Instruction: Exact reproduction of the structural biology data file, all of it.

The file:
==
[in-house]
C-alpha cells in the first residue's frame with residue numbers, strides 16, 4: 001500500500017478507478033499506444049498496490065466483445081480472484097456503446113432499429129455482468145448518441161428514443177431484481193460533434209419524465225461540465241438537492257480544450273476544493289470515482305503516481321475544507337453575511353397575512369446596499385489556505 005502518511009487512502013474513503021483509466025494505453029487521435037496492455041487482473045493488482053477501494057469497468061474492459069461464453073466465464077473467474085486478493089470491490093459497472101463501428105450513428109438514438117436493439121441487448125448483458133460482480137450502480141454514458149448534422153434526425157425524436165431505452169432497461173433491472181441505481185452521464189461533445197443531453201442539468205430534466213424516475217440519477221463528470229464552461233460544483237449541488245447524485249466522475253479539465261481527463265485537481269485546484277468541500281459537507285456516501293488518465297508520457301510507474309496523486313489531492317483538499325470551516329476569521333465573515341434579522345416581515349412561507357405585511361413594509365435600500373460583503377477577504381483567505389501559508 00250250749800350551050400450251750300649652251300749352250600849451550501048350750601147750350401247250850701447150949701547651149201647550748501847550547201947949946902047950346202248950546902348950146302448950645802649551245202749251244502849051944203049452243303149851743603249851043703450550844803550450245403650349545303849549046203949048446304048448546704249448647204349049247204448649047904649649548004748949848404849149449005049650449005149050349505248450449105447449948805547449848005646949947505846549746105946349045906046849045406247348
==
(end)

[in-house]
C-alpha cells in the first residue's frame with residue numbers, strides 16, 4: 001500500500017478507478033499506444049498496490065466483445081480472484097456503446113432499429129455482468145448518441161428514443177431484481193460533434209419524465225461540465241438537492257480544450273476544493289470515482305503516481321475544507337453575511353397575512369446596499385489556505 005502518511009487512502013474513503021483509466025494505453029487521435037496492455041487482473045493488482053477501494057469497468061474492459069461464453073466465464077473467474085486478493089470491490093459497472101463501428105450513428109438514438117436493439121441487448125448483458133460482480137450502480141454514458149448534422153434526425157425524436165431505452169432497461173433491472181441505481185452521464189461533445197443531453201442539468205430534466213424516475217440519477221463528470229464552461233460544483237449541488245447524485249466522475253479539465261481527463265485537481269485546484277468541500281459537507285456516501293488518465297508520457301510507474309496523486313489531492317483538499325470551516329476569521333465573515341434579522345416581515349412561507357405585511361413594509365435600500373460583503377477577504381483567505389501559508 00250250749800350551050400450251750300649652251300749352250600849451550501048350750601147750350401247250850701447150949701547651149201647550748501847550547201947949946902047950346202248950546902348950146302448950645802649551245202749251244502849051944203049452243303149851743603249851043703450550844803550450245403650349545303849549046203949048446304048448546704249448647204349049247204448649047904649649548004748949848404849149449005049650449005149050349505248450449105447449948805547449848005646949947505846549746105946349045906046849045406247348